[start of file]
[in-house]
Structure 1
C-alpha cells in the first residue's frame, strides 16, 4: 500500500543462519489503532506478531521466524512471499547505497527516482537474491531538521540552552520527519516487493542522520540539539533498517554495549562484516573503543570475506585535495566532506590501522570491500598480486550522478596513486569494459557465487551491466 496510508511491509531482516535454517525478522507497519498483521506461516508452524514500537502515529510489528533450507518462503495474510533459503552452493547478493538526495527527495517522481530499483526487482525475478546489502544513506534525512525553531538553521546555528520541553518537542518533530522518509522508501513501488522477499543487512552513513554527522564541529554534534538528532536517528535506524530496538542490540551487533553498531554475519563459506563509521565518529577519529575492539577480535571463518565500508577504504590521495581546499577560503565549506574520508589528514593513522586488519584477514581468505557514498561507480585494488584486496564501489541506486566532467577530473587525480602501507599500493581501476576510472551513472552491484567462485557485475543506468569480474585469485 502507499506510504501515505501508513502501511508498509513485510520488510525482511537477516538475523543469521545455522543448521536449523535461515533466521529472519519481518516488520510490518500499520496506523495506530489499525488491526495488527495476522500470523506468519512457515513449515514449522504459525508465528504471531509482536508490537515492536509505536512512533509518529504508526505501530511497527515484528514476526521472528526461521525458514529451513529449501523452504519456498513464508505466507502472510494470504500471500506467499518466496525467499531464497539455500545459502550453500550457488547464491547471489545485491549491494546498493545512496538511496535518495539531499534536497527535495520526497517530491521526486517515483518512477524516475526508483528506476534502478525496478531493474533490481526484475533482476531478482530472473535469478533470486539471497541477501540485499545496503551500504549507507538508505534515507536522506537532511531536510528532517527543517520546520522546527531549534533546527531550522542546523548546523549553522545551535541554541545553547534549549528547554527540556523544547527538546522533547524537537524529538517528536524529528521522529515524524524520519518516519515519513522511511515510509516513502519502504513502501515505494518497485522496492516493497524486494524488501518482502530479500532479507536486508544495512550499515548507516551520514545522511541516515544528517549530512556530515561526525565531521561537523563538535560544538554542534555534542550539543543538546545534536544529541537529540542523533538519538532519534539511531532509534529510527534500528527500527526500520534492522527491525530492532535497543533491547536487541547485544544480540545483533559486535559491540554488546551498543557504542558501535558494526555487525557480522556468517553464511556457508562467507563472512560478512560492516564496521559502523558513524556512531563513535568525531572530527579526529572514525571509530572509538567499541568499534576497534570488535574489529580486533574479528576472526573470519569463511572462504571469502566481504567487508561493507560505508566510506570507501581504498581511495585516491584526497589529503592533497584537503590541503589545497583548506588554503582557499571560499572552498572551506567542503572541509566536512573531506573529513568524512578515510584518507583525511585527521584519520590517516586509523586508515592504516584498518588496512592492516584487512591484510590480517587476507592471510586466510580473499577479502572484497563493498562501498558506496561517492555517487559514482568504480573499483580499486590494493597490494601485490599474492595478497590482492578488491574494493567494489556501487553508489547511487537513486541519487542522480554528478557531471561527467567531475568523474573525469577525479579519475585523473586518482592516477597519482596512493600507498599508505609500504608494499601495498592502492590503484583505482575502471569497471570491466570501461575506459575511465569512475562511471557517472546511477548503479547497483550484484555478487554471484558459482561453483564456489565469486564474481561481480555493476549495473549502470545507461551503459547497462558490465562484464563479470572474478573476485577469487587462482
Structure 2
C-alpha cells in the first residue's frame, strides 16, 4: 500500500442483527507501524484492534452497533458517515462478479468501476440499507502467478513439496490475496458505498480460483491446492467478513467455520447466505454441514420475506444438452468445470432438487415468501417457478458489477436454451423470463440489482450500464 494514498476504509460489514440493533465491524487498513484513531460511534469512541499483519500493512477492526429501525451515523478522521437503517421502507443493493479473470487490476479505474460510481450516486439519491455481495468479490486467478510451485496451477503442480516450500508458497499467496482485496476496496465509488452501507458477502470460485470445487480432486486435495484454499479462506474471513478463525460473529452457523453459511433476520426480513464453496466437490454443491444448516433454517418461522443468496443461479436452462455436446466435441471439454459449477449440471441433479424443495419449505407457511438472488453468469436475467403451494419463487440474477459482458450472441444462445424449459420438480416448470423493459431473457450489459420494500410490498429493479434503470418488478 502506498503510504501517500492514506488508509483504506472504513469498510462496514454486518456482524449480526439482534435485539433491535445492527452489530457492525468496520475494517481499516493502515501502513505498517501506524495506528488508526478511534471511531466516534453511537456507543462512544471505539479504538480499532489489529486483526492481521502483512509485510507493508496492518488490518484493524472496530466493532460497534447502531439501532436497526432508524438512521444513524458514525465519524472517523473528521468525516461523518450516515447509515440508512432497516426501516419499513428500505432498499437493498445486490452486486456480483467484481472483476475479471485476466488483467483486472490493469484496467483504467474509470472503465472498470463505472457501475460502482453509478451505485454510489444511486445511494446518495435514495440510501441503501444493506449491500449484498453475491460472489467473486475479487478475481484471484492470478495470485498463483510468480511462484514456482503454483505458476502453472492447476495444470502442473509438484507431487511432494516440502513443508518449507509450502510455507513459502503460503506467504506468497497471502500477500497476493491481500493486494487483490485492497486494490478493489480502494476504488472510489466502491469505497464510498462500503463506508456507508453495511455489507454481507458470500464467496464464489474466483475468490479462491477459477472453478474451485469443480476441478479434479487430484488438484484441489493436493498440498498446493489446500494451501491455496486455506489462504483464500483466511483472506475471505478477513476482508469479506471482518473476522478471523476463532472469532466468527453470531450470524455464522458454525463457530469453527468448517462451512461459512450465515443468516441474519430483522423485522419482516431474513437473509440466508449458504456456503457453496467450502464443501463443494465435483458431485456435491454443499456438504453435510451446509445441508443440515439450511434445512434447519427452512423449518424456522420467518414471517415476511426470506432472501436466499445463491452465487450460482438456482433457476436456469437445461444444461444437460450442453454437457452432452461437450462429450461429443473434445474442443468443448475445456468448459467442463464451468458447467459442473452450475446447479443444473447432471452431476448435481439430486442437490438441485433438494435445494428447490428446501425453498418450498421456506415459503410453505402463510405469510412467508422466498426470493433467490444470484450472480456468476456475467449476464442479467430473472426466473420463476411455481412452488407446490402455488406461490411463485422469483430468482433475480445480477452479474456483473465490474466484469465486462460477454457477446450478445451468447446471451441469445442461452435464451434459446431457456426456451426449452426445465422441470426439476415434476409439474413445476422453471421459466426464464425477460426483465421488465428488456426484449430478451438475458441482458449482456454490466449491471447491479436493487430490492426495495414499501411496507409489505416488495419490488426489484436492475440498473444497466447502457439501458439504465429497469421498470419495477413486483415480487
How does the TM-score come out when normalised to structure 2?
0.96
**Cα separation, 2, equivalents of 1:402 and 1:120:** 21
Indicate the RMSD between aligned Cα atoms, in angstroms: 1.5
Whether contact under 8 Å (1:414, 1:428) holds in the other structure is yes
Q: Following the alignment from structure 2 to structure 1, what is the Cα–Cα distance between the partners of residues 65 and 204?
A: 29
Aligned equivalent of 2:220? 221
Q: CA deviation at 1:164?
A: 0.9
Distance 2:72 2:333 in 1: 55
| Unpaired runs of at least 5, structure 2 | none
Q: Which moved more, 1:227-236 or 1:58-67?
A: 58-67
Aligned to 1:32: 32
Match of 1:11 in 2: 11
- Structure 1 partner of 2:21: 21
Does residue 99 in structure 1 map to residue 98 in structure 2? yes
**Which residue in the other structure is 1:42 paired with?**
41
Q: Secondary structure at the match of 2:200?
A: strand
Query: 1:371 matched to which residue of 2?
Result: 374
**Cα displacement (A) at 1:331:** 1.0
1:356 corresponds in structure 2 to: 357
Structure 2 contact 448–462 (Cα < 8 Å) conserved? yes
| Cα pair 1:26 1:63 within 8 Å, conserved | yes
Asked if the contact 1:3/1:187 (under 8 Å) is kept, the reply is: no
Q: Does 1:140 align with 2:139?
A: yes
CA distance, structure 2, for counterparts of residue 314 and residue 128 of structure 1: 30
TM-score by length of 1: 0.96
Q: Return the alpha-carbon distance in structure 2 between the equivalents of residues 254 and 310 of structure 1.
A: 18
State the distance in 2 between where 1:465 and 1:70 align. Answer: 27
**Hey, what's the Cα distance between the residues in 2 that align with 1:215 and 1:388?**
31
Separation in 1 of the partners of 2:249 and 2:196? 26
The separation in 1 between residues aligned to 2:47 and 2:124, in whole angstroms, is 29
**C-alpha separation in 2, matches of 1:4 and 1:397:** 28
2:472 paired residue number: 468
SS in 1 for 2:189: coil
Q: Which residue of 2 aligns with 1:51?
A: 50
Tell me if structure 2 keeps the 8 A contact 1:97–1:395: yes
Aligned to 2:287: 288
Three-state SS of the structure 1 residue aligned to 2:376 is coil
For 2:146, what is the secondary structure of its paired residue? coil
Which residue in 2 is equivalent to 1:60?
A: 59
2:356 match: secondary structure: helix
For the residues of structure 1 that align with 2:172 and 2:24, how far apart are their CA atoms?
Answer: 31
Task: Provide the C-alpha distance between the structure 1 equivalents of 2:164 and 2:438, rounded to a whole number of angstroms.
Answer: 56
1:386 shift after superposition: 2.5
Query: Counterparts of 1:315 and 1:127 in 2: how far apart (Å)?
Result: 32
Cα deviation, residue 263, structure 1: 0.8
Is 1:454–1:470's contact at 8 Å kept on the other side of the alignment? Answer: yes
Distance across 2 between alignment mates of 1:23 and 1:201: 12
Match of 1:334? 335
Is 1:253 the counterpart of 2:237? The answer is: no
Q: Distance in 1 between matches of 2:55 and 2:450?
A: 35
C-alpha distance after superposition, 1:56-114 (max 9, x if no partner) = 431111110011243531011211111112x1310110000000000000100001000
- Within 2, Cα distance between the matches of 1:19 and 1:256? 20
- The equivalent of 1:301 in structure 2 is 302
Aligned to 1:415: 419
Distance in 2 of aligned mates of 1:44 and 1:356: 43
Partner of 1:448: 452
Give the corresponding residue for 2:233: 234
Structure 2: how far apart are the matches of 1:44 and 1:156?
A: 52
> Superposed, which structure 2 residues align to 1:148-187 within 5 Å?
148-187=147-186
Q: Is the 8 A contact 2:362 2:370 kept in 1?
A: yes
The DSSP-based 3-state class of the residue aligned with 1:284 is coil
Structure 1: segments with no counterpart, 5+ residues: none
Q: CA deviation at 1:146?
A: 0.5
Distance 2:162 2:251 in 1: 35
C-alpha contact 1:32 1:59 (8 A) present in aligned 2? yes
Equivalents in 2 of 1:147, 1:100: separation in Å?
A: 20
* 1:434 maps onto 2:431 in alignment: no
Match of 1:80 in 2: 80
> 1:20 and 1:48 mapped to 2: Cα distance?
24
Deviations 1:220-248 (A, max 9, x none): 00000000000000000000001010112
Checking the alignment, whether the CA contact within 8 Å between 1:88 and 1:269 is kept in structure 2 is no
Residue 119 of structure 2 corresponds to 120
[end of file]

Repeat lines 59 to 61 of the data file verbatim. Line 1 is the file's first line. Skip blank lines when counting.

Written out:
Answer: 31
Task: Provide the C-alpha distance between the structure 1 equivalents of 2:164 and 2:438, rounded to a whole number of angstroms.
Answer: 56